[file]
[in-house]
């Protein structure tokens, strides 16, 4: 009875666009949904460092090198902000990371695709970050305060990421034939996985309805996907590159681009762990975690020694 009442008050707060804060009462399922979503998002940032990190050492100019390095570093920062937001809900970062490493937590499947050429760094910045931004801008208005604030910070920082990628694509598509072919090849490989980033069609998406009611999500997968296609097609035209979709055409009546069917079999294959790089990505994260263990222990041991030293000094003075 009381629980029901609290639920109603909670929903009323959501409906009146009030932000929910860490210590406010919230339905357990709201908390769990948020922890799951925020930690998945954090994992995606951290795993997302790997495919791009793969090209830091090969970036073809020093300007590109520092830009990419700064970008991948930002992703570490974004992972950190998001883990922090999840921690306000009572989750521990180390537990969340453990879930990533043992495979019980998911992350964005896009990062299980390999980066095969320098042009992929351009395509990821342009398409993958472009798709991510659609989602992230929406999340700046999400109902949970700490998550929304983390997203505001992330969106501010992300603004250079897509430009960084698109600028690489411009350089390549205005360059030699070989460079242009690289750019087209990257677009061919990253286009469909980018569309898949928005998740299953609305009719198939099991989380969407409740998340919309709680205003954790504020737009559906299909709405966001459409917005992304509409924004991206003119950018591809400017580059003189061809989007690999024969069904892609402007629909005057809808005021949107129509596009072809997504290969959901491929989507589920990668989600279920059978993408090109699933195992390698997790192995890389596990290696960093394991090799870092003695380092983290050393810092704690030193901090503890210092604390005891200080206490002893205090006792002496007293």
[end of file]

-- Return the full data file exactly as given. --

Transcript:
[in-house]
């Protein structure tokens, strides 16, 4: 009875666009949904460092090198902000990371695709970050305060990421034939996985309805996907590159681009762990975690020694 009442008050707060804060009462399922979503998002940032990190050492100019390095570093920062937001809900970062490493937590499947050429760094910045931004801008208005604030910070920082990628694509598509072919090849490989980033069609998406009611999500997968296609097609035209979709055409009546069917079999294959790089990505994260263990222990041991030293000094003075 009381629980029901609290639920109603909670929903009323959501409906009146009030932000929910860490210590406010919230339905357990709201908390769990948020922890799951925020930690998945954090994992995606951290795993997302790997495919791009793969090209830091090969970036073809020093300007590109520092830009990419700064970008991948930002992703570490974004992972950190998001883990922090999840921690306000009572989750521990180390537990969340453990879930990533043992495979019980998911992350964005896009990062299980390999980066095969320098042009992929351009395509990821342009398409993958472009798709991510659609989602992230929406999340700046999400109902949970700490998550929304983390997203505001992330969106501010992300603004250079897509430009960084698109600028690489411009350089390549205005360059030699070989460079242009690289750019087209990257677009061919990253286009469909980018569309898949928005998740299953609305009719198939099991989380969407409740998340919309709680205003954790504020737009559906299909709405966001459409917005992304509409924004991206003119950018591809400017580059003189061809989007690999024969069904892609402007629909005057809808005021949107129509596009072809997504290969959901491929989507589920990668989600279920059978993408090109699933195992390698997790192995890389596990290696960093394991090799870092003695380092983290050393810092704690030193901090503890210092604390005891200080206490002893205090006792002496007293």